Rare summertime Flood Watch issued for all of Western Washington

Rare summertime Flood Watch issued for all of Western Washington
SEATTLE -- November is still two full months away but the season already has its first Flood Watch in anticipation of a very strong storm system that is about to deliver a 1-2 punch of heavy rain.

The rare summertime Flood Watch is for all counties in Western Washington and is in effect from Thursday afternoon through Friday afternoon.

This is a pretty unique storm system for our region in that it is expected to combine a period of strong thunderstorms at first, then more of a steady Seattle November-esque rain second. When all is said and done, rainfall totals are expected to be greater than an inch across the region, with heavy thunderstorms bringing potential for at least that much in an hour.

We are still in a lull before the main storm tonight with just a few isolated showers or thunderstorms amid partly cloudy skies. Lows will be in the upper 50s.

Showers will begin building Thursday morning as a big area of low pressure currently swirling offshore begins its trek inland, pumping a whole lot of moisture into a very unstable atmosphere. The main events are expected to begin around midday Thursday with bands of heavy showers and thunderstorms moving across the region Thursday afternoon through Thursday night. As mentioned, each thunderstorm has potential to bring rainfall at the rate of about an inch per hour -- about on par with the drenching storms we saw last Thursday.

One the low passes by into Eastern Washington late Thursday night into Friday, the atmosphere will stabilize and the thunderstorm threat will end. However, moisture wrapping back around the low will provide another generally rainy day Friday -- this more the November-type steady rains than the convective thunderstorms of Thursday. Rain will slowly decrease through the afternoon and evening as the low pulls further away.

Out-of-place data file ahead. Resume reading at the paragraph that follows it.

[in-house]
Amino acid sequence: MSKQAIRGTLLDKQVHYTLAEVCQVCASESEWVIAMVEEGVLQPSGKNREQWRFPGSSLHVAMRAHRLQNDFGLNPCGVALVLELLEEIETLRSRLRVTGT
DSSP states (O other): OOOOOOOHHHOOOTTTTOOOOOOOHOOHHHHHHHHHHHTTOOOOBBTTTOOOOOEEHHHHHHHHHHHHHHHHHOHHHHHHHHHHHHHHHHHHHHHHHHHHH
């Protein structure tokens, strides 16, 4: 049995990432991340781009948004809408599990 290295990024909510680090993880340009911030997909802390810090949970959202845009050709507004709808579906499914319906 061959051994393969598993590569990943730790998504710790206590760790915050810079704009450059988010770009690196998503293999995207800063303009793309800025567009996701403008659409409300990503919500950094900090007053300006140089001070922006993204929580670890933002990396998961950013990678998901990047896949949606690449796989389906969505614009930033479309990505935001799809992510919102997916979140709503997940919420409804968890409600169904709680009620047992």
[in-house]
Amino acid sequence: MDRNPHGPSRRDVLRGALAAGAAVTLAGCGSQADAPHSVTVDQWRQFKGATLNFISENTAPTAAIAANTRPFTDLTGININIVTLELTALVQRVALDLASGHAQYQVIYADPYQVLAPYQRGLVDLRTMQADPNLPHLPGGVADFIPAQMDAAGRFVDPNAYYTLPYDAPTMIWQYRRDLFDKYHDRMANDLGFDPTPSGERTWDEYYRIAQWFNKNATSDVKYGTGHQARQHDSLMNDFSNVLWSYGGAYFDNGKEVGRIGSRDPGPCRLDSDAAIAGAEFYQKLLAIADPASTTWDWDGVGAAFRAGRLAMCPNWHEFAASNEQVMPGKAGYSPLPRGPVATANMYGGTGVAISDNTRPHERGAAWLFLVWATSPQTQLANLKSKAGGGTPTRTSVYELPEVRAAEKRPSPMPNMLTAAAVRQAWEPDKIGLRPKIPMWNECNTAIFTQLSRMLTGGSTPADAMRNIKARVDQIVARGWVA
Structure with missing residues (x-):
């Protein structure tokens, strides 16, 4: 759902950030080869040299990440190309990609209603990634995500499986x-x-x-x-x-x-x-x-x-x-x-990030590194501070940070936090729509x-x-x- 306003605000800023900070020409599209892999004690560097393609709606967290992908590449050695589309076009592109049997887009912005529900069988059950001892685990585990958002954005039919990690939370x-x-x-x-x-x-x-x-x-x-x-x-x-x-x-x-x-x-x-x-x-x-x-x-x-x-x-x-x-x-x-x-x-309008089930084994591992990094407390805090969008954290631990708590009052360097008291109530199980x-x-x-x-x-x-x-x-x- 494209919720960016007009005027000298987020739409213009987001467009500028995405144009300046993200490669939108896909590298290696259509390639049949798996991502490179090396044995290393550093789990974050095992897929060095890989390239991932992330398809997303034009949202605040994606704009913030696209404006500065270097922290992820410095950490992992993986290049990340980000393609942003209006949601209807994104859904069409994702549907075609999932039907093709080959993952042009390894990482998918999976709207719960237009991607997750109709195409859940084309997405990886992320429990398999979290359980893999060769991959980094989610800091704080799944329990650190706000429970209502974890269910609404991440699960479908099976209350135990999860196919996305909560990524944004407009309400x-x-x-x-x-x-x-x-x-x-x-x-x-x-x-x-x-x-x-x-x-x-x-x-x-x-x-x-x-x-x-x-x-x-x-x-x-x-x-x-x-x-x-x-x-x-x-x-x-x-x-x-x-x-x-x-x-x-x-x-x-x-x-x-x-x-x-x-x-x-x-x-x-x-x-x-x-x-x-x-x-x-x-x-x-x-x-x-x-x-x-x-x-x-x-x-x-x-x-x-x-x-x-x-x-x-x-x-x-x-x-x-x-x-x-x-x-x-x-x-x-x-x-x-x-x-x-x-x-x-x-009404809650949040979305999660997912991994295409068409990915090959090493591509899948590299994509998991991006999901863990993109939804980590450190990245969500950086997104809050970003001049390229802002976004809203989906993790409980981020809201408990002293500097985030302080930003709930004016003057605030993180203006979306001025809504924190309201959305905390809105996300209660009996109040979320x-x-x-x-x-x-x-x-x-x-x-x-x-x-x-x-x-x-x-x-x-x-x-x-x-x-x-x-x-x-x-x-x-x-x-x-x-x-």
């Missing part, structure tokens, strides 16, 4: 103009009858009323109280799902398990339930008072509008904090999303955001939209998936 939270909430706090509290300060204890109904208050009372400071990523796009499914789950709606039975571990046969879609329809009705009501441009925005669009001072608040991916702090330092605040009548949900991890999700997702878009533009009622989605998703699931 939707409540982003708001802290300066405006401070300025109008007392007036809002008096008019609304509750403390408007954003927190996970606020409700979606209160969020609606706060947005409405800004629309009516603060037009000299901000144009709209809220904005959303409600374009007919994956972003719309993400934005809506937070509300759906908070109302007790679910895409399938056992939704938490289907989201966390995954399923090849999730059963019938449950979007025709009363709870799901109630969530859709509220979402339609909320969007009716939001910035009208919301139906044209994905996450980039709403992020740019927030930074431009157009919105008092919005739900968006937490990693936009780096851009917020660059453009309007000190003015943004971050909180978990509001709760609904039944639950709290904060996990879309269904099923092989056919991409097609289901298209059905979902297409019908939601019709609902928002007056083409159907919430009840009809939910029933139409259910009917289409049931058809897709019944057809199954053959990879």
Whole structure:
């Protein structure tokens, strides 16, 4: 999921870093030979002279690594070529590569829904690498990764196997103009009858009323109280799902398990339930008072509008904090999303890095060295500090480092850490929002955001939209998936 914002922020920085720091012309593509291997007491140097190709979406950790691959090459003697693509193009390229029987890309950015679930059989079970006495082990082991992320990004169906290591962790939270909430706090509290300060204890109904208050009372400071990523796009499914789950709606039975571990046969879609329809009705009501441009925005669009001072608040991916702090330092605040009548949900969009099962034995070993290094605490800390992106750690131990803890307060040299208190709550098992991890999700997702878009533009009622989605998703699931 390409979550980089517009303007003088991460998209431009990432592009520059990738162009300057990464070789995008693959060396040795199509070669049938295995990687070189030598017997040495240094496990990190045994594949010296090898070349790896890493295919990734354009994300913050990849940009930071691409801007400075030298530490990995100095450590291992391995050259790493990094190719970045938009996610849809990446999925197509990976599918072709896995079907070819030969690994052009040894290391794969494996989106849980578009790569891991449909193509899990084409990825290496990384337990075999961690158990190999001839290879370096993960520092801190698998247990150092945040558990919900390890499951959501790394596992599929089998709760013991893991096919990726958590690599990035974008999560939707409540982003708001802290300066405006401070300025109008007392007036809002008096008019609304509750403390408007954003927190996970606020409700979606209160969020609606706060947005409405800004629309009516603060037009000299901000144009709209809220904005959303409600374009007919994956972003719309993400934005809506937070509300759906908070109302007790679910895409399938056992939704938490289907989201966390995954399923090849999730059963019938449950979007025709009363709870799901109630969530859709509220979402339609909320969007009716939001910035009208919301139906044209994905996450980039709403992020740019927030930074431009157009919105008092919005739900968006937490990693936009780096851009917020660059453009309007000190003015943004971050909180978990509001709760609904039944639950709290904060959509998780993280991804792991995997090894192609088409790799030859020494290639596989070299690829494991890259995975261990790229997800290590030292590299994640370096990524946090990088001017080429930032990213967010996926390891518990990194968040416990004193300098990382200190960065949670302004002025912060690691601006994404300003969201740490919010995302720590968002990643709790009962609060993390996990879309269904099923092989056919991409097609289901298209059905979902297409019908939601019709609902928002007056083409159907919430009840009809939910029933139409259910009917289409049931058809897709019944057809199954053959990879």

All told by then, rainfall totals are expected to be about 1-2" in the lowlands as a general rule, but any place that gets picked on with roaming thunderstorms might eke out a little more. The Cascade foothills could be more in the 1.5-3.0" range and the mountains themselves could get 2-4".

This is enough rain that urban and small stream flooding is possible -- especially in areas where strong thunderstorms drop a big deluge in a short period. Mud and or rock slides are also possible in steep mountain terrain.

The National Weather Service does say that while mountain rivers will run high, traditional autumn-type river flooding is unlikely.

The weather rapidly improves in the storm's wake with just a few lingering showers early Saturday morning giving way to increasing sunshine and warmth with highs getting into the upper 70s.

By Sunday, we begin a new stretch of more summer-like weather with plenty of sunshine and highs near 80. That sunny and warm pattern is expected to last into early next week.